Many of you may not be aware that yesterday was National Planting Day.
Not to be confused with Tu B’Shvat (which this year fell out on Shabbat - as it does 30% of the time), or even Friday Erev Tu B’Shvat, (which was the day when most schools and gans celebrated Tu B’Shvat), or even the Thursday before Tu B’Shvat (which was the day when many companies served dried fruit to their employees), National Planting Day is the day when all the national-religious youth groups hold their annual neti’ot (literally, plantings).
In practice, this means that although elementary schools officially remain open, few of their students show up. For instance, I’m told that in one class, three quarters of the boys were absent.
Moreover, the student bodies of most yeshiva high schools and ulpanot include so many madrichim and madrichot that the schools don’t even try and fight it. Instead, they just declare it as a vacation day and give everyone – including those who aren’t in hadrachah – the day off.
Yet, none of this explains why National Planting Day was specifically held yesterday (i.e. three days after Tu B’Shvat).
And so, I decided to turn to the experts to find out.
Here’s what a certain madrichah had to say:
“The neti’ot were supposed to be last Thursday, but because of the bagrut in math, which was on Thursday, they had to push the neti’ot off.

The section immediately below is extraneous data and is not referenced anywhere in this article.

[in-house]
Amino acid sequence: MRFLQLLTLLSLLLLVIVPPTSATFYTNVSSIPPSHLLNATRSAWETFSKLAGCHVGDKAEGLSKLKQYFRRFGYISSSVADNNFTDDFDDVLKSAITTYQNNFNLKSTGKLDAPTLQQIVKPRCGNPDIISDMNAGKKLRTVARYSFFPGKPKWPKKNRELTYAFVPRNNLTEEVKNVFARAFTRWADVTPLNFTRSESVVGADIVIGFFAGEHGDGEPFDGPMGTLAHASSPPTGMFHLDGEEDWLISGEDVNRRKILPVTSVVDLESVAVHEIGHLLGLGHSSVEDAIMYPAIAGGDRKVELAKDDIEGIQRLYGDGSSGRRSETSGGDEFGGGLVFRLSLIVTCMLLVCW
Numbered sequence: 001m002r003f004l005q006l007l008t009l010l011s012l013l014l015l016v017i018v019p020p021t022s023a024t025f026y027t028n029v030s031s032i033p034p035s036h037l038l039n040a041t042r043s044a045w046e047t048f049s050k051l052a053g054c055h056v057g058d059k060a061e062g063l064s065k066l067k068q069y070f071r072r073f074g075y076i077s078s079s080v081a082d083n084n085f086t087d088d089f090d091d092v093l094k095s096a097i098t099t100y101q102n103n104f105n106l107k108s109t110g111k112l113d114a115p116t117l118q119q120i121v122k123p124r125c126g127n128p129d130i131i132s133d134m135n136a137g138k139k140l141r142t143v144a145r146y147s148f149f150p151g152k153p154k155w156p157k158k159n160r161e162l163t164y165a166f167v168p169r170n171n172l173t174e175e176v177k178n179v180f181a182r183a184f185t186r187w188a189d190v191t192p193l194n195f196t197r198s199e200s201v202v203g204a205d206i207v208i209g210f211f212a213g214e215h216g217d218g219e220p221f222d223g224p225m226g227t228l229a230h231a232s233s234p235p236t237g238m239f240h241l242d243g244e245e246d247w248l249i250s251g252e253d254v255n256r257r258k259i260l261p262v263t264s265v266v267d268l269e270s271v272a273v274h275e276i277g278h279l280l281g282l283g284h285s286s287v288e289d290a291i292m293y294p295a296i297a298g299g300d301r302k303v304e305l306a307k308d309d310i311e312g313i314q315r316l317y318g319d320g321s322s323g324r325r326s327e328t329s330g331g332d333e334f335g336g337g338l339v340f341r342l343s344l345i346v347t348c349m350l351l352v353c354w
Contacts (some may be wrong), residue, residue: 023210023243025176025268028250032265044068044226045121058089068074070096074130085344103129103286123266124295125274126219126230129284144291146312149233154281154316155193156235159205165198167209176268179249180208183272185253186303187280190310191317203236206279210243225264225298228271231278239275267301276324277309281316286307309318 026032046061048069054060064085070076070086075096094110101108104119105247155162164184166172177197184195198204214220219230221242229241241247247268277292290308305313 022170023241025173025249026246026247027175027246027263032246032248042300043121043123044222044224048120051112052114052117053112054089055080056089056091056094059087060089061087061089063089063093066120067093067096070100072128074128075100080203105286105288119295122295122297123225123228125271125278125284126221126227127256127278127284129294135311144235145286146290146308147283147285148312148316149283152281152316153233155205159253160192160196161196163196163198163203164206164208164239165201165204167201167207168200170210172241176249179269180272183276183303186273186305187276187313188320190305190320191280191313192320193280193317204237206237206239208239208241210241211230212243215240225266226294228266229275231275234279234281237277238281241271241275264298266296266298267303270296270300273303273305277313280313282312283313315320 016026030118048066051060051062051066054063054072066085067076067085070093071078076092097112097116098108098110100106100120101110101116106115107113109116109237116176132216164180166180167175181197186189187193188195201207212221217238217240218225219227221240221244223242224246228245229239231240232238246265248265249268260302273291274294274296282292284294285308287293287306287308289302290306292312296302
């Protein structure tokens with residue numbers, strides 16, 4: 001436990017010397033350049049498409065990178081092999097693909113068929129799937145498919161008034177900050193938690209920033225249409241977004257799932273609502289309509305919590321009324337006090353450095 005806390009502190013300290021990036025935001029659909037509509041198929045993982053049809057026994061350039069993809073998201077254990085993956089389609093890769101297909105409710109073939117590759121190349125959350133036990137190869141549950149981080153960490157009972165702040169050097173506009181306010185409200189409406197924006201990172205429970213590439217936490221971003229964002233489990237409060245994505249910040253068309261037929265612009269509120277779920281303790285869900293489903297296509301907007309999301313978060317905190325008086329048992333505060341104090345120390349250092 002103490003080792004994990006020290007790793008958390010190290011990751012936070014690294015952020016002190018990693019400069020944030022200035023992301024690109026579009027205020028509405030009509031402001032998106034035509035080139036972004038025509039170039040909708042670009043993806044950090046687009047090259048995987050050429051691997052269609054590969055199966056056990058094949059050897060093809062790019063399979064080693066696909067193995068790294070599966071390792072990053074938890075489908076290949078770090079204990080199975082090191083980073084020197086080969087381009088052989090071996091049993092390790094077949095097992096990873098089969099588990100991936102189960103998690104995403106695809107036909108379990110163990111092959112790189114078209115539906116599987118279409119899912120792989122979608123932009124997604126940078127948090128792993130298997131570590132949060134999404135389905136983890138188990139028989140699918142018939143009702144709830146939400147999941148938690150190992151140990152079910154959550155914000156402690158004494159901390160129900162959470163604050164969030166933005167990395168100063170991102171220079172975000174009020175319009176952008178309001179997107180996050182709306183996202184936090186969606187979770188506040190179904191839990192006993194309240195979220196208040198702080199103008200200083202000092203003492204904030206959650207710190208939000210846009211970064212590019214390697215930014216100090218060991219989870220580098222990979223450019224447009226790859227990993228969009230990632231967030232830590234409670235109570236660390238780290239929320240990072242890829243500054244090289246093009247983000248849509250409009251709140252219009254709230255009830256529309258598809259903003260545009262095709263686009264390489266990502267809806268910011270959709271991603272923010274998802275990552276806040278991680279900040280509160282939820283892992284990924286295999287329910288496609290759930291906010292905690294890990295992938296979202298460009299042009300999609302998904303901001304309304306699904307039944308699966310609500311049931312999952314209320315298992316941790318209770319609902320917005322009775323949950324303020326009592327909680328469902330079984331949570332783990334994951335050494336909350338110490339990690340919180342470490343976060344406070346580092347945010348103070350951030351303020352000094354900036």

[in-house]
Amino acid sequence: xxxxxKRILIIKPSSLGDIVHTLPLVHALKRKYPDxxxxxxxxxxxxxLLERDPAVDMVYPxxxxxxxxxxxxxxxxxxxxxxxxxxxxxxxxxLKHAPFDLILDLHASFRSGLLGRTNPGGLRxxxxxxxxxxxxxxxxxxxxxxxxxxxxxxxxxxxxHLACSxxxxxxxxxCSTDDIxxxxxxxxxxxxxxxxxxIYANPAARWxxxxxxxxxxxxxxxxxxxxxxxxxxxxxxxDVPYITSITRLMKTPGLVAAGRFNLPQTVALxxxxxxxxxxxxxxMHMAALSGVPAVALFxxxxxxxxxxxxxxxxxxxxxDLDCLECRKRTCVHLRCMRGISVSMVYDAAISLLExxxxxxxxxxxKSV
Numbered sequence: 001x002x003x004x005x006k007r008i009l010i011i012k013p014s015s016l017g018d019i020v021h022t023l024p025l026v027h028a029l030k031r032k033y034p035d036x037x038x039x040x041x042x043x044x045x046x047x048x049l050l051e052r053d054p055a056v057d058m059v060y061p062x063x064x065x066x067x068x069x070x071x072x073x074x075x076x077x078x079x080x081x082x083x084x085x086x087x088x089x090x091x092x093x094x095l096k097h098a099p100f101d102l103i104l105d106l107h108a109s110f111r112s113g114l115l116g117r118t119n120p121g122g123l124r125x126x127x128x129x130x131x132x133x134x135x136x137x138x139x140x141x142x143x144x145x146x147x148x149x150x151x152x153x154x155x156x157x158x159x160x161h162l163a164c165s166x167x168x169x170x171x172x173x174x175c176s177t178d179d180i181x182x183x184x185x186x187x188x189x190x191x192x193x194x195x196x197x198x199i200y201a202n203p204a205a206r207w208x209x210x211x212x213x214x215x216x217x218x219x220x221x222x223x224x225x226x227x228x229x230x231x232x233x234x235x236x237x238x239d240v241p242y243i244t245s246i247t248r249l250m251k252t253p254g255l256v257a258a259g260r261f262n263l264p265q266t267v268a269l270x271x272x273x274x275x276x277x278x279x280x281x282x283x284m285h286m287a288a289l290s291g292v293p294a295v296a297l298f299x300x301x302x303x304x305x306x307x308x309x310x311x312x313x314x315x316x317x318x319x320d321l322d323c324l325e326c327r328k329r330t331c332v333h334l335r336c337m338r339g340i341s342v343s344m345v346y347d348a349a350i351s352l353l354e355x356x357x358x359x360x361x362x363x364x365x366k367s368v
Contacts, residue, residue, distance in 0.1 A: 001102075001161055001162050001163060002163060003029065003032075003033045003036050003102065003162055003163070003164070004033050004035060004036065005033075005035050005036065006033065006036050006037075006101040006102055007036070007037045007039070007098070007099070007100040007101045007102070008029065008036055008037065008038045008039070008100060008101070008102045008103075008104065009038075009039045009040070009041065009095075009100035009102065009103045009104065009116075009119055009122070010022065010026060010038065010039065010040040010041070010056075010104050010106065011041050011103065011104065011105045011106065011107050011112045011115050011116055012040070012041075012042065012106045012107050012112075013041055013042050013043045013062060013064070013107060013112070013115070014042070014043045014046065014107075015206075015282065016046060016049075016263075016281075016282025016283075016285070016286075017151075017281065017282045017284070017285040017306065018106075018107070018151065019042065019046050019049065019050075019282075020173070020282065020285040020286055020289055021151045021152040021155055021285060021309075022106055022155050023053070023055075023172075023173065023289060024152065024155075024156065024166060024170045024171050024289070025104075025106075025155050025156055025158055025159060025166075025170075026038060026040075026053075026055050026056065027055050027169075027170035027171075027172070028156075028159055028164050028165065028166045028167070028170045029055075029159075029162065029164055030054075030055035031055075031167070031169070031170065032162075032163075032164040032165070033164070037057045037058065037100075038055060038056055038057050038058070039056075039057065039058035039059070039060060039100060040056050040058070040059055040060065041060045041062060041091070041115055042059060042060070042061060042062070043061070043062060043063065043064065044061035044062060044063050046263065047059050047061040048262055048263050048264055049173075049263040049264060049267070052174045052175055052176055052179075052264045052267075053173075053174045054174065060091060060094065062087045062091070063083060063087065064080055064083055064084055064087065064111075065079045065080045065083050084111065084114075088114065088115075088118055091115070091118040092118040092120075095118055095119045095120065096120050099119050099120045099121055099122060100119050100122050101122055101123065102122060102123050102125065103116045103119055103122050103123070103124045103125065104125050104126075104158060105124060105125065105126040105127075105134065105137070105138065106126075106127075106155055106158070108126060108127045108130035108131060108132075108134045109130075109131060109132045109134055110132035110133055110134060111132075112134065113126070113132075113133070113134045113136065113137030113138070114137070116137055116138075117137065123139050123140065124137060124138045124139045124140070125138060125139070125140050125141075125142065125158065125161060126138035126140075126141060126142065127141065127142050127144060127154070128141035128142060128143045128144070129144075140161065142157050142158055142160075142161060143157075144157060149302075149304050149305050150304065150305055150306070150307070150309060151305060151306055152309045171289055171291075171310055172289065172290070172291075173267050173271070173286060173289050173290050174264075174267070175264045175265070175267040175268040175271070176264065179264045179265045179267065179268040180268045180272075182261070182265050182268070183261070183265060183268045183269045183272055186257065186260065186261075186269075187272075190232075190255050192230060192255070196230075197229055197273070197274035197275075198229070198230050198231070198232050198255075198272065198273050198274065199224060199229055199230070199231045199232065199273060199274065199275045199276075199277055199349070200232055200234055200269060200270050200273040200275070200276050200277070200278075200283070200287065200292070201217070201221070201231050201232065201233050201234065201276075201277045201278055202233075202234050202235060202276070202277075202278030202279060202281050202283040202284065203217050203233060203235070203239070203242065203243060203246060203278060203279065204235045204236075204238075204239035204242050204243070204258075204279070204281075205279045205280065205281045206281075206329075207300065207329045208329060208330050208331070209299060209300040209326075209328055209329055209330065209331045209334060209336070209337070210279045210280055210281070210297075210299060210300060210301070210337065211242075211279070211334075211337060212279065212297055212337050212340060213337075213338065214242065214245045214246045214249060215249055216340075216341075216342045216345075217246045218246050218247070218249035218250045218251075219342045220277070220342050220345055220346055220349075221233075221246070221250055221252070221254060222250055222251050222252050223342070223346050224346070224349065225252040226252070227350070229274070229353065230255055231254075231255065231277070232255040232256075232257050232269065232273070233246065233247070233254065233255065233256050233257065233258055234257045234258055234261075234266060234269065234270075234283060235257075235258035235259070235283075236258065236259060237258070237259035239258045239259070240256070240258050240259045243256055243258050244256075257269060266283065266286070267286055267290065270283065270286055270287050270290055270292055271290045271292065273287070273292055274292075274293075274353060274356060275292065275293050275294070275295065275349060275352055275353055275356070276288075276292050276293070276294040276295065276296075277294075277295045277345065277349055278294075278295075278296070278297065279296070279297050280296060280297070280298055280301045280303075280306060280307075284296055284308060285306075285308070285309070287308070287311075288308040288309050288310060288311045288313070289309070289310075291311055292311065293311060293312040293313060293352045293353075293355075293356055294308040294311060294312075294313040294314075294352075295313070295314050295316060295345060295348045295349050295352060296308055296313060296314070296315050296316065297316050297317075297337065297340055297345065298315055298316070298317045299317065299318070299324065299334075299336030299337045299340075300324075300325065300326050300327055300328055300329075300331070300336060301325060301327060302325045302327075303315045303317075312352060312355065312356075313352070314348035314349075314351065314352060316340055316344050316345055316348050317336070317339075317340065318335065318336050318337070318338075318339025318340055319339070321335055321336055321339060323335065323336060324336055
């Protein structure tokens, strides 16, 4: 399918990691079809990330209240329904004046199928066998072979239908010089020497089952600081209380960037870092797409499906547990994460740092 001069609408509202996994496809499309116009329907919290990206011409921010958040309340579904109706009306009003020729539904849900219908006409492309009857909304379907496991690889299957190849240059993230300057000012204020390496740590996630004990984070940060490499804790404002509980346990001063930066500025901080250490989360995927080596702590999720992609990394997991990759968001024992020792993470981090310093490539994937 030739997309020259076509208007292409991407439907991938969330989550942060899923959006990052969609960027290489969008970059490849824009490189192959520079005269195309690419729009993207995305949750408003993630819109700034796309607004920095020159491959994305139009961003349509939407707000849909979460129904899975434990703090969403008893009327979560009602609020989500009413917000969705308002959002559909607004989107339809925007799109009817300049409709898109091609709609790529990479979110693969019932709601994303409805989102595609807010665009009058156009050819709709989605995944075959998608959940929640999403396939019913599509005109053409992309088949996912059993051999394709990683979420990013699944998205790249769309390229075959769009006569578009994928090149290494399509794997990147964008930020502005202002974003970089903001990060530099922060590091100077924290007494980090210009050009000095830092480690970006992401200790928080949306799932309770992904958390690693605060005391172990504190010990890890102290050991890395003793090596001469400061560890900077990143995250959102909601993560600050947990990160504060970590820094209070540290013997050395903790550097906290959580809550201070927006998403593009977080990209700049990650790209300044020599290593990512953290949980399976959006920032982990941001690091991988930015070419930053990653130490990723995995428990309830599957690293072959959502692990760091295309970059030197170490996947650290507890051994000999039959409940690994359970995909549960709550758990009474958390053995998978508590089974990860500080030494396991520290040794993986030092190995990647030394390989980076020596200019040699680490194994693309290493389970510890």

“And Friday, it couldn’t be, because neti’ot are the whole day, and of course, it can’t be on Shabbat.
“And so I guess that out of the next few days, Tuesday was the best day for them - probably because most people finish [school] earlier that day.”
In other words, National Planting Day is like the Israeli equivalent of Presidents’ Day.
And in related news, Israeli schoolchildren are currently lobbying the Education Ministry to declare other
fake celebrated holidays. Here are some of the possibilities under consideration:
- National Shofar Blowing Day - celebrated three days after Rosh Hashanah
- National Eating in the Succah Day - celebrated three days after Succot
- National Megillah Reading Day - celebrated three days after Purim
As my kids would say, staaaaam…